Special Issue on Museums : Volume VIII Issue II

About the Volume

There is a palpable sense around us these days that our museums in India are going to change, that there is an impending Renaissance. This volume attempts to capture the important moment as we prepare ourselves to make the transition to a different kind of a museum dialogue; one that goes beyond just grand buildings housing precious objects. This collection of essays represents the museum in India in all its exhaustive and expansive potential including tangible objects, intangible cultural heritage, urban spaces, communities, performances, collections, archives and life narratives.

The first section on communities brings the focus of the museum back to people’s memories, lived experiences and articulation of identities. Troubling events in contemporary India, like the India-Pakistan partition and the Bhopal gas tragedy, raise questions about the promise and perils of museumising contentious events, as written by Urvashi Butalia, Moulshri Joshi and Amritha Ballal. But this conversation also offers us, in India, an opportunity to dismantle the high-culture-low-culture divide prevalent in our museums and forces the museums to engage with difficult narratives.

The traditional notion of a museum has expanded over the decades to include intangible cultural heritage found in oral histories, ethnic identities and urban habitats grappling with change. The demolition and translocation of flower markets of New Delhi marks a loss of cultures built around certain livelihoods, faith and urban lifestyles. This is a culture that is invisibilised by the Indian capital’s frenetic march toward becoming a 21st century super-city. The Dastangoi tradition, the Mughal art of storytelling, which has now found an exciting revival is not only an intangible cultural artefact but can also easily tie into the performative teaching techniques in a museum. As Elizabeth Pickard writes, gallery theatre can also be a rich way of facilitating visitors’ meaning-making processes.

Indian museums have paid scant attention to visitors’ comfort and experience. Visitor studies are only now taking off in India, but Andrew Pekarik warns us that visitors cannot be viewed as passive receptacles. Deepti Mulgund writes about how a new contemporary art museum in a mall frames the visitor in the context of conspicuous consumption. Abha Negi presents the glaring and acute apathy toward visitors in denial of universal access to people with physical, cognitive and developmental disabilities, at historic monuments and museums, and highlights initiatives undertaken to close the gap.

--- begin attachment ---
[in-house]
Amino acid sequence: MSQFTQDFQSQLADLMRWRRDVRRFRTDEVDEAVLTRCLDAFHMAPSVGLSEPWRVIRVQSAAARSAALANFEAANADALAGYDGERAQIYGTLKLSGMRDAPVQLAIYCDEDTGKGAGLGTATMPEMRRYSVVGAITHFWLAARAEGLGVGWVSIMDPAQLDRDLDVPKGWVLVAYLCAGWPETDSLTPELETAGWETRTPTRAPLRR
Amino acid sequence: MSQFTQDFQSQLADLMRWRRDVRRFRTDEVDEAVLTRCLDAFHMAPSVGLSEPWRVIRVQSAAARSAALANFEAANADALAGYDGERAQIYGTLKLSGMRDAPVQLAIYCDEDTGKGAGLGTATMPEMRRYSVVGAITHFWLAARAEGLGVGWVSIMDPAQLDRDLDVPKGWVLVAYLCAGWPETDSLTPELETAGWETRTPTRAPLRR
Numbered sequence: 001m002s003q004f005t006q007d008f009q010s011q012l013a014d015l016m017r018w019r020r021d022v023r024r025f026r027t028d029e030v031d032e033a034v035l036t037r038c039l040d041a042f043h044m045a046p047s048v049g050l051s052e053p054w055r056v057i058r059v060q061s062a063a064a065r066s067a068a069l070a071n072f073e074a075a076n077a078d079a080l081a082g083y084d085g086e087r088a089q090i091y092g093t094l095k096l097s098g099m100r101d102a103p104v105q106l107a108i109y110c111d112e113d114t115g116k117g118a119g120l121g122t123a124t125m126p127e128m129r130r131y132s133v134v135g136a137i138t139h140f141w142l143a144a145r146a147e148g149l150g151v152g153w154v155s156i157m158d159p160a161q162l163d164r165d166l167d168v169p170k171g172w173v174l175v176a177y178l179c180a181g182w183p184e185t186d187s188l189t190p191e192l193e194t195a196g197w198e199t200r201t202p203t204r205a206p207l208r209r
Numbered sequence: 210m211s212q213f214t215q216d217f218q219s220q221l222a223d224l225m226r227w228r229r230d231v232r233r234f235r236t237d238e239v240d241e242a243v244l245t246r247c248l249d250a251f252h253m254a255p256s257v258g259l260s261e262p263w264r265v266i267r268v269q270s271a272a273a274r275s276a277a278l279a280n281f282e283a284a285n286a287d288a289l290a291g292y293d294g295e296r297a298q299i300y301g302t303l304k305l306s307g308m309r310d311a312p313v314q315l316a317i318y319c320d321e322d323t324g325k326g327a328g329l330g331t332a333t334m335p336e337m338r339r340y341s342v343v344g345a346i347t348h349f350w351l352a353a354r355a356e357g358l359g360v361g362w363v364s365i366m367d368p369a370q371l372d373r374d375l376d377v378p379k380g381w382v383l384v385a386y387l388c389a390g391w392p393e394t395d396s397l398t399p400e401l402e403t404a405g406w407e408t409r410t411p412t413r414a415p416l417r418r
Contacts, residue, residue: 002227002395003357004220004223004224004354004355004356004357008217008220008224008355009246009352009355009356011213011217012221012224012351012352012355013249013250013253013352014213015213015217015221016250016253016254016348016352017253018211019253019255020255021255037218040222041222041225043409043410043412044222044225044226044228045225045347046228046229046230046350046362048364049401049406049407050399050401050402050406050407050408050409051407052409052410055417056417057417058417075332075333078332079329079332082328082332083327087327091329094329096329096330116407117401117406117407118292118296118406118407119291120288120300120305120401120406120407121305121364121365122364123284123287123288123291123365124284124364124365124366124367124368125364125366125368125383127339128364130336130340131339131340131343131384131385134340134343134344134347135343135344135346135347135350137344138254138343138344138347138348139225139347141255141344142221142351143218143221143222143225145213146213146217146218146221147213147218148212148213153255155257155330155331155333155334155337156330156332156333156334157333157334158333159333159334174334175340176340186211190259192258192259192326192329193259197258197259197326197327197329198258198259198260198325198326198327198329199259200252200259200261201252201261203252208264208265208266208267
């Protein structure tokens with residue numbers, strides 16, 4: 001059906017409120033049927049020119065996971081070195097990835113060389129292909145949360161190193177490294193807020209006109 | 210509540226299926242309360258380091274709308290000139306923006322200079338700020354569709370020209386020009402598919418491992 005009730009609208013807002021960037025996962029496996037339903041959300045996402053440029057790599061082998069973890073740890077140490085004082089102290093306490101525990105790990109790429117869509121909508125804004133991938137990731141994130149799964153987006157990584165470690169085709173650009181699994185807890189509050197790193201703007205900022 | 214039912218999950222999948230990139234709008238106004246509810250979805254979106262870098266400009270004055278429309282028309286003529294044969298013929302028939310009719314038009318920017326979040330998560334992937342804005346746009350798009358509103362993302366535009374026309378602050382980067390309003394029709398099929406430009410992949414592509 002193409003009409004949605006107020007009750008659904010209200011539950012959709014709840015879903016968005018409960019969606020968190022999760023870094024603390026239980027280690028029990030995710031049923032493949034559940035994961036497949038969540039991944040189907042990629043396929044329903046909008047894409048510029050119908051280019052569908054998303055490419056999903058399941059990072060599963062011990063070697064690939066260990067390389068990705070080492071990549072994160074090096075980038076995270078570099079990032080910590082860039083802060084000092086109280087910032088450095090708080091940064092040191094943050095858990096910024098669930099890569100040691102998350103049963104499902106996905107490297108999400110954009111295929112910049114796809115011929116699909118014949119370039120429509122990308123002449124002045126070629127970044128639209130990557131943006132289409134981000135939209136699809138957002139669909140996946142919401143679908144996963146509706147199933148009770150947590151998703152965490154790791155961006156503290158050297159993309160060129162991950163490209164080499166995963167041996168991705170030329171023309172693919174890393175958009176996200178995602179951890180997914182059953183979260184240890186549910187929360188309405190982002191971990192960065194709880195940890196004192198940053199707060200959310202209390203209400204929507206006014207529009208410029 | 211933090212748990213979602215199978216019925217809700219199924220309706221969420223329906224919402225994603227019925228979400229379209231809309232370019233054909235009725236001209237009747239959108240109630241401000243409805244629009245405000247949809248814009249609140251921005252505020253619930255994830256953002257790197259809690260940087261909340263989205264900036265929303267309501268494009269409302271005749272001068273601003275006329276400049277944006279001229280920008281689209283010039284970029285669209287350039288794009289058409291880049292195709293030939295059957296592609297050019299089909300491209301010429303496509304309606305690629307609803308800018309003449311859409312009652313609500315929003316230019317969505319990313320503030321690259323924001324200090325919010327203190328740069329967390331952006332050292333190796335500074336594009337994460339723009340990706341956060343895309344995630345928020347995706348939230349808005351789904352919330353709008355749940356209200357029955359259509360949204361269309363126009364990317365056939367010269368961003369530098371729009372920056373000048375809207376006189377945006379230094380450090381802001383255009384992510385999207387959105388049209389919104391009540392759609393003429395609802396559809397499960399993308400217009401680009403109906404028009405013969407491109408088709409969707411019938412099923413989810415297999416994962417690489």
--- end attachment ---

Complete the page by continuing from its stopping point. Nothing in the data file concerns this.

In the past five years, new kinds of exhibition themes such as archival photographs, corporate memory, urban transport infrastructure, manuscripts and newer audiences have presented unique curatorial challenges. Diverse museum audiences visiting Indian exhibitions in the United States present their own set of questions about curator Vidya Dehejia’s hybrid ethnic identity and perspective.

Finally, the planning and maintenance of museums, and turning them into efficient and profitable entities requires a wide range of professional expertise. How we train and produce these skilled professionals needs to be constantly reviewed by scholars to bridge the gap between the academia and the industry.

- Editorial team


About the Volume

Rama Lakshmi

Museum and the Community
Bhopal Gas Tragedy Dissonant history, difficult heritage
Moulshri Joshi and Amritha Ballal
Engaging with Public History
Indira Chowdhury
Confronting the Past Thoughts on a Partition Museum
Urvashi Butalia
Mapping Social Identities
Minja Yang

Intangible Cultural Heritage
Dastangoi Revival of the Mughal art of storytelling
Mahmood Farooqui
Beyond the Object Changing museum discourse
Marie Eve Celio-Scheurer and Moe Chiba
Living Museums Understanding our urban spaces
Himanshu Verma

Museums and Visitors
Recasting the Visitors From passive consumers to active agents
Andrew J Pekarik
Museum Theatre Living connections to exhibits
Elizabeth Pickard
Access to History Making design universal
Abha Negi
Museum in the Mall Visitors as art consumers
Deepti Mulgund

Curatorial Voices: Changes and Challenges
Projecting India Museum displays in the United States
Vidya Dehejia
An Unclaimed Legacy Examining and exhibiting photographic archives in India
Pramod Kumar KG
Indian Manuscripts Displaying intellectual history
Sudha Gopalakrishnan
Delhi Metro Museum The chronicler of a new age revolution
Anuj Dayal
Archiving Corporate Memory
Vrunda Pathare

Museum Planning and Maintenance
Museum Planning in India
Barry Lord
Demystifying Documentation - Mrinalini Venkateswaran
Retailing Cultural Merchandise
Maureen Liebl
Heritage Orphanages Site museums
Amita Baig
Managing Museums
Sadashiv Gorakshkar
Teaching Museology in India
Manvi Seth

Museum Album
This section includes visuals of few unique and representative museums across India: Indira Gandhi Rashtriya Manav Sangrahalaya, Bhopal
Anokhi Museum of Hand Printing, Jaipur
Calico Museum of Textiles, Ahmedabad
Akshardham, New Delhi
Kite Museum, Ahmedabad
Sulabh International Museum of Toilets, New Delhi
Dharohar Haryana Museum, Kurukshetra
Museum of Folk Culture, Jodhpur
Culture Conscious Design and Museum Interactions by Ranjit Makkuni

Book Reviews
Reviewed by Rama Lakshmi
The Participatory Museum by Nina Simon
Beyond the Turnstile: Making the Case for Museums and Sustainable Values by Selma Holo and Mari-Tere Alvarez

Scheme for Financial Assistance for Setting Up, Promotion and Strengthening of Regional and Local Museums
Reviewed by Shikha Jain
Status of the Government Museums Excerpts from Parliamentary Committee Reports

Events and Conferences